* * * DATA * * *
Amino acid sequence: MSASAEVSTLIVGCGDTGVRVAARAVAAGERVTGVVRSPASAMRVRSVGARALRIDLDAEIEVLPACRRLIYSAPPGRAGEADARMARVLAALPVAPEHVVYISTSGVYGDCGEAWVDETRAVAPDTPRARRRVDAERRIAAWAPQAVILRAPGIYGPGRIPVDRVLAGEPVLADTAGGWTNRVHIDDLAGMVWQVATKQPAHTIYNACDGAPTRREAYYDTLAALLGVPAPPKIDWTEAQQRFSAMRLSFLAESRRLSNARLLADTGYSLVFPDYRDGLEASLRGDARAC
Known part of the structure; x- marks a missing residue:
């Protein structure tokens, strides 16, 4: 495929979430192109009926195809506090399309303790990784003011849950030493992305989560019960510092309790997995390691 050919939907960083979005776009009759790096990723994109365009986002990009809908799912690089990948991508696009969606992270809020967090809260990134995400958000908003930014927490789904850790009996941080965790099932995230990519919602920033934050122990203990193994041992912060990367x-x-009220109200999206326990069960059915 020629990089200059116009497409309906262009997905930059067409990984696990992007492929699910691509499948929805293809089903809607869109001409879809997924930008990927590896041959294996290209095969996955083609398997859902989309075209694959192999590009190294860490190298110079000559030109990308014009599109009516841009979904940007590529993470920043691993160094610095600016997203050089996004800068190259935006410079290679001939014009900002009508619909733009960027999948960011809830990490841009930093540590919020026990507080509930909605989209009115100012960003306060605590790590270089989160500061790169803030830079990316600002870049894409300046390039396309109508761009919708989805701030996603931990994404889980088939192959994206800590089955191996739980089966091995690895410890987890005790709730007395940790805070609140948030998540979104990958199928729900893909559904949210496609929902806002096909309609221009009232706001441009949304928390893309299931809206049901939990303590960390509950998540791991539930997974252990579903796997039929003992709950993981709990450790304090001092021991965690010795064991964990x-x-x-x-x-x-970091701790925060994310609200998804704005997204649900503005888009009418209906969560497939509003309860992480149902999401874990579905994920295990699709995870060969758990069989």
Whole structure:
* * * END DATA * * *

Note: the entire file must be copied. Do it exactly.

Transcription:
Amino acid sequence: MSASAEVSTLIVGCGDTGVRVAARAVAAGERVTGVVRSPASAMRVRSVGARALRIDLDAEIEVLPACRRLIYSAPPGRAGEADARMARVLAALPVAPEHVVYISTSGVYGDCGEAWVDETRAVAPDTPRARRRVDAERRIAAWAPQAVILRAPGIYGPGRIPVDRVLAGEPVLADTAGGWTNRVHIDDLAGMVWQVATKQPAHTIYNACDGAPTRREAYYDTLAALLGVPAPPKIDWTEAQQRFSAMRLSFLAESRRLSNARLLADTGYSLVFPDYRDGLEASLRGDARAC
Known part of the structure; x- marks a missing residue:
């Protein structure tokens, strides 16, 4: 495929979430192109009926195809506090399309303790990784003011849950030493992305989560019960510092309790997995390691 050919939907960083979005776009009759790096990723994109365009986002990009809908799912690089990948991508696009969606992270809020967090809260990134995400958000908003930014927490789904850790009996941080965790099932995230990519919602920033934050122990203990193994041992912060990367x-x-009220109200999206326990069960059915 020629990089200059116009497409309906262009997905930059067409990984696990992007492929699910691509499948929805293809089903809607869109001409879809997924930008990927590896041959294996290209095969996955083609398997859902989309075209694959192999590009190294860490190298110079000559030109990308014009599109009516841009979904940007590529993470920043691993160094610095600016997203050089996004800068190259935006410079290679001939014009900002009508619909733009960027999948960011809830990490841009930093540590919020026990507080509930909605989209009115100012960003306060605590790590270089989160500061790169803030830079990316600002870049894409300046390039396309109508761009919708989805701030996603931990994404889980088939192959994206800590089955191996739980089966091995690895410890987890005790709730007395940790805070609140948030998540979104990958199928729900893909559904949210496609929902806002096909309609221009009232706001441009949304928390893309299931809206049901939990303590960390509950998540791991539930997974252990579903796997039929003992709950993981709990450790304090001092021991965690010795064991964990x-x-x-x-x-x-970091701790925060994310609200998804704005997204649900503005888009009418209906969560497939509003309860992480149902999401874990579905994920295990699709995870060969758990069989």
Whole structure: